Finance Secretary, Mark Drakeford will call on Wales to take the foundation economy – and the tens of thousands of people employed in it – seriously.
Opening a two-day conference about social innovation in the foundation economy at Cardiff University, he will highlight the need for improvement to drive up wages and job prospects.
But Professor Drakeford will also speak about how many communities in Wales feel marginalised and insecure – feelings which are being heightened by the prospect of a ‘hard’ Brexit.
The foundation economy is the part of the economy which provides essential goods and services to communities and has been highlighted as playing a crucial role in creating a prosperous Wales in the Welsh Government’s Economic Action Plan.
The Welsh Government has identified four foundation sectors where working more effectively across Government will maximise benefits tourism, food, retail and care.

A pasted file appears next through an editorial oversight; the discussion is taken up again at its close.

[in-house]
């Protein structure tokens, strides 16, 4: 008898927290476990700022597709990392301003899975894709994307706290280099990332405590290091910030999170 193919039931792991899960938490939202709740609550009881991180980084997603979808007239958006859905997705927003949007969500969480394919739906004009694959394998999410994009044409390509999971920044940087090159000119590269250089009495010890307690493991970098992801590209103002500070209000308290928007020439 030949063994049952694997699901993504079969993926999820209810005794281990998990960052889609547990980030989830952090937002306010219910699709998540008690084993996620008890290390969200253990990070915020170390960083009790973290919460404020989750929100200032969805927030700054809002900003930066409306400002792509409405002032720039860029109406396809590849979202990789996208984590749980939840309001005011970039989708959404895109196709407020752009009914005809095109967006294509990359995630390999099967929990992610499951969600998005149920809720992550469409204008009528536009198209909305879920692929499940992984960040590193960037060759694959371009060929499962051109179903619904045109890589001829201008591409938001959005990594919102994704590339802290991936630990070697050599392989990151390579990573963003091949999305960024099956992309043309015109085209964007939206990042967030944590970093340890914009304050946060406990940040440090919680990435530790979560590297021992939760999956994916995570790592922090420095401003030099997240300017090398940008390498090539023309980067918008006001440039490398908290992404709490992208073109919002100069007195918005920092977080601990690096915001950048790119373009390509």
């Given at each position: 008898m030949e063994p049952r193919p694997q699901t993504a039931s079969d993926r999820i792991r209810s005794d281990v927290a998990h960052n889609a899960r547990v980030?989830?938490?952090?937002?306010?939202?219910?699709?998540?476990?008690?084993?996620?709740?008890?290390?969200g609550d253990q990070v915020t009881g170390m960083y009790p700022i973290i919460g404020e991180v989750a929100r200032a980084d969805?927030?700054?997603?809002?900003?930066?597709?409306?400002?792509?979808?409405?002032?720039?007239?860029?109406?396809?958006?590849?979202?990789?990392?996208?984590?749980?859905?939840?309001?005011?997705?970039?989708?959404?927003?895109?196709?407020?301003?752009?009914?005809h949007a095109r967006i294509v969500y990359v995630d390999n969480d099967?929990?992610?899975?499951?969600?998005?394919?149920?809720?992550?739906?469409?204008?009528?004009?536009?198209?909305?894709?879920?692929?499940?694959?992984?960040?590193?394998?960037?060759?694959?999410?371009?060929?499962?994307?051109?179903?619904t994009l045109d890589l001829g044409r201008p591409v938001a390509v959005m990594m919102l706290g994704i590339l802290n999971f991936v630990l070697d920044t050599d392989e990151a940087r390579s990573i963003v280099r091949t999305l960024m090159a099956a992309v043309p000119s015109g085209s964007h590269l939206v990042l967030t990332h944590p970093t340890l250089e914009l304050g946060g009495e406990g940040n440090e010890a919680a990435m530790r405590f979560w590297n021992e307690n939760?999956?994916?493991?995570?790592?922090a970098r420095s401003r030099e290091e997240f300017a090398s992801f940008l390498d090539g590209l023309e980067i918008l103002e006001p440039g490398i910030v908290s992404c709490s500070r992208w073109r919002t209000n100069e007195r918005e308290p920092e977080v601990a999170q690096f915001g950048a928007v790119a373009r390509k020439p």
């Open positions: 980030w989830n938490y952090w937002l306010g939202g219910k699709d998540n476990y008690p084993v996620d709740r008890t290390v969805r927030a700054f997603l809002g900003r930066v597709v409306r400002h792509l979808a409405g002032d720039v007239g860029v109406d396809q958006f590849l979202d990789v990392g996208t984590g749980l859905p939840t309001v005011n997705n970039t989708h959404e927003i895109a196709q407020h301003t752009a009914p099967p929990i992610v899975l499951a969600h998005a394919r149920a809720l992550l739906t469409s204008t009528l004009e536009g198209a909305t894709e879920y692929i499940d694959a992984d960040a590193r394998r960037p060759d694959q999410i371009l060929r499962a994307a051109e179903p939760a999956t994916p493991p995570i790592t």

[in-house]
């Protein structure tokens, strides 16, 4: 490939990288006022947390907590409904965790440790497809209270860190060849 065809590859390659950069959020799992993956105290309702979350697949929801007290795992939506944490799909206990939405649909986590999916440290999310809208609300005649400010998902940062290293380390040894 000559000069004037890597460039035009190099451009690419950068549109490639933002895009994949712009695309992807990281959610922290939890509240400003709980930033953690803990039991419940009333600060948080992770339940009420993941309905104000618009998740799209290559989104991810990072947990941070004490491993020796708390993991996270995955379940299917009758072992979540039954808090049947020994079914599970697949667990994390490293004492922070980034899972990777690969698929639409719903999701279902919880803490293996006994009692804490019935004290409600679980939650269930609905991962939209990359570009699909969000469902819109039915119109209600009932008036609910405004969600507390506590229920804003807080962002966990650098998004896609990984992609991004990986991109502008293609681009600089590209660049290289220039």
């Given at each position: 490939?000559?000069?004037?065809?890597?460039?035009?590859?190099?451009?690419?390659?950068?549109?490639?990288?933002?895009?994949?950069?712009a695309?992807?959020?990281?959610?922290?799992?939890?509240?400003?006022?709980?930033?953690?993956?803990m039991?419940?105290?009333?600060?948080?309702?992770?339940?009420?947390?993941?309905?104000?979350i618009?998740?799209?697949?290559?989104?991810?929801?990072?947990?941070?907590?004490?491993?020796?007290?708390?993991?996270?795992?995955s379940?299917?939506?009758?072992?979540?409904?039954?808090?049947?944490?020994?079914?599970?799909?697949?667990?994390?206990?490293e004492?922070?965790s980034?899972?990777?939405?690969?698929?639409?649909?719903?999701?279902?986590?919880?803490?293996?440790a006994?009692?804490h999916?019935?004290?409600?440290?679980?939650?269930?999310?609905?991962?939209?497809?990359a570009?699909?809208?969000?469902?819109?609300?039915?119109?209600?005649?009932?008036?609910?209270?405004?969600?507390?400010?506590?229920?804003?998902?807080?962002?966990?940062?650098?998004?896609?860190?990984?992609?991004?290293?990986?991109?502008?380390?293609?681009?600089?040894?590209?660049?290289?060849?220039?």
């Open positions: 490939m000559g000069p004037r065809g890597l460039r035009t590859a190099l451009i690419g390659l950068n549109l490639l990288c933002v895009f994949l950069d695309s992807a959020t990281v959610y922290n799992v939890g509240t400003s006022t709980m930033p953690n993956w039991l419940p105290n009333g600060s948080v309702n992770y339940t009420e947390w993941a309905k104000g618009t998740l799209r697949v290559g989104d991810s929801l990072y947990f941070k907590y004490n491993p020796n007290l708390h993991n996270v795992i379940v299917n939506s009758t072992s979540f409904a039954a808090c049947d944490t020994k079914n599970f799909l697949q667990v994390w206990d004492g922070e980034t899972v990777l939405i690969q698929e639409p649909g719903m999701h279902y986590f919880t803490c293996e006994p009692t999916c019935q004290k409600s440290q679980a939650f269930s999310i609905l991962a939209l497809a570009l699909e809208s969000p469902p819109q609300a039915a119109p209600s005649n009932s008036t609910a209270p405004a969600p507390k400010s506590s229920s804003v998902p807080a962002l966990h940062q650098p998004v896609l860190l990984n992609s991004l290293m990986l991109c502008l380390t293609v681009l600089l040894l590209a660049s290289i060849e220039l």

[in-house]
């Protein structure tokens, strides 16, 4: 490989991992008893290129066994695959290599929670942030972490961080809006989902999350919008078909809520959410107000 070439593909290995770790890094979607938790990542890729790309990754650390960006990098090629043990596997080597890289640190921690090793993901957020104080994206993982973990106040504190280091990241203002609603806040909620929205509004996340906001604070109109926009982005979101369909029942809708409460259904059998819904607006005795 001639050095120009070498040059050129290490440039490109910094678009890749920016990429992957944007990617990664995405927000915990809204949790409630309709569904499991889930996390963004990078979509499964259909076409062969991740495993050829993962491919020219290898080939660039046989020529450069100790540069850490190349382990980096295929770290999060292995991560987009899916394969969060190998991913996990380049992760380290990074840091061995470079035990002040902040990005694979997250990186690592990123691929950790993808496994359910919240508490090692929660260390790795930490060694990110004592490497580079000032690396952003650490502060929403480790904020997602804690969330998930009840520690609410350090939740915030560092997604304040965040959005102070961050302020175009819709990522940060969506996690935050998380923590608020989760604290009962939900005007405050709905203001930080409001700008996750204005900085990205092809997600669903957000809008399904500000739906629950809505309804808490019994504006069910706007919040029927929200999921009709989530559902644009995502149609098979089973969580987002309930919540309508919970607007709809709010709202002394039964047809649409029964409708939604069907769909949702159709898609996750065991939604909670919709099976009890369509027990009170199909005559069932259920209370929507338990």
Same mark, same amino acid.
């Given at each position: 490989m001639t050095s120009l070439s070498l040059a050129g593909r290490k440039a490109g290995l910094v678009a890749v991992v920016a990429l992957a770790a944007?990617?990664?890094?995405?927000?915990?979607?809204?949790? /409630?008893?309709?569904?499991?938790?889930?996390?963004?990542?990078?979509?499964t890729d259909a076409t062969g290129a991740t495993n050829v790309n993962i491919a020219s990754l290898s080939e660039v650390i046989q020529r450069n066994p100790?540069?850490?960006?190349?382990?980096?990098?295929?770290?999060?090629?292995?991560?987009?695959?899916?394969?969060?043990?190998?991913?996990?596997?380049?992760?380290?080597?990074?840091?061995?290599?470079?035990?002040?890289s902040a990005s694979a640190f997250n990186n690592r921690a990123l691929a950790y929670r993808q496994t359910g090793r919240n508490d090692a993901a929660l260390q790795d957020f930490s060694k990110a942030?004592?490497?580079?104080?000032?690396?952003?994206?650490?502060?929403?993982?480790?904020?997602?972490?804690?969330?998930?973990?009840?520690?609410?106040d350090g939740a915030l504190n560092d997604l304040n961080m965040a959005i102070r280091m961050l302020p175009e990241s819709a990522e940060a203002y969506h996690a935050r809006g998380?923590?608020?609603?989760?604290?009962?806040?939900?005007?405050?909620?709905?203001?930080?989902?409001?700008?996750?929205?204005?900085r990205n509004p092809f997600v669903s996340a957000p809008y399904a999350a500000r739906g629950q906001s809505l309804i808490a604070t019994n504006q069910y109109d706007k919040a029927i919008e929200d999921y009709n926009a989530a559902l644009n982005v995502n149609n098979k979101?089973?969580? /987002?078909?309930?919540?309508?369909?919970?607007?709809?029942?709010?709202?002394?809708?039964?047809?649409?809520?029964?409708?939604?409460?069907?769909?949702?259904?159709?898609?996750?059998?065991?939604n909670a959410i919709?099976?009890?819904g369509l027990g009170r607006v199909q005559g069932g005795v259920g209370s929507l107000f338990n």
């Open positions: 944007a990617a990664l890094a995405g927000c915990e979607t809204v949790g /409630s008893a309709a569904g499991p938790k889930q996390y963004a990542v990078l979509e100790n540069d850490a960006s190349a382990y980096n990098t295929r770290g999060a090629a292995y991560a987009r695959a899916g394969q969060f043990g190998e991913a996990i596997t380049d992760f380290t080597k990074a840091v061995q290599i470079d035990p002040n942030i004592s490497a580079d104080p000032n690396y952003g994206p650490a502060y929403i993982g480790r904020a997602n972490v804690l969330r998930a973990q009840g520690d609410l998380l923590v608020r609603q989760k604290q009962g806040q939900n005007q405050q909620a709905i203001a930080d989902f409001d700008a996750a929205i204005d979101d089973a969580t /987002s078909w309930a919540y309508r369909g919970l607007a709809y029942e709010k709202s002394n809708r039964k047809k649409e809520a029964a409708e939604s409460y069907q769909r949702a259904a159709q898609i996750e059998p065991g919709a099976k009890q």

Professor Drakeford said:
“Upwards of 40% of our workforce are employed in the foundation economy. That is a huge number of jobs – jobs which yes, are too often low paid and career prospects poor, but that is an argument for taking the foundation economy seriously and driving improvement.
“There is no escaping the fact that communities feel insecure. That despite the undoubted economic progress we have made since devolution – parts of Wales still feel marginalised, overlooked even. Of course, those insecurities are only heightened by the prospect of a hard Brexit and the cliff edge of a no deal scenario.
The two-day conference has been organised by the Wales Institute for Social and Economic Research, Data and Methods (WISERD) and will feature a series of presentations and panel discussions led by a range of academics, policy-makers and elected representatives.
The event will also highlight examples of international best practice and the second day will feature a panel discussion with a number of AMs taking part.
The Finance Secretary added:
“Now more than ever, it is important that we not only strengthen the foundations of our economy, but also that we build places — places in which people have pride and in which they feel secure. The foundation economy is almost uniquely placed to help us to do just that.”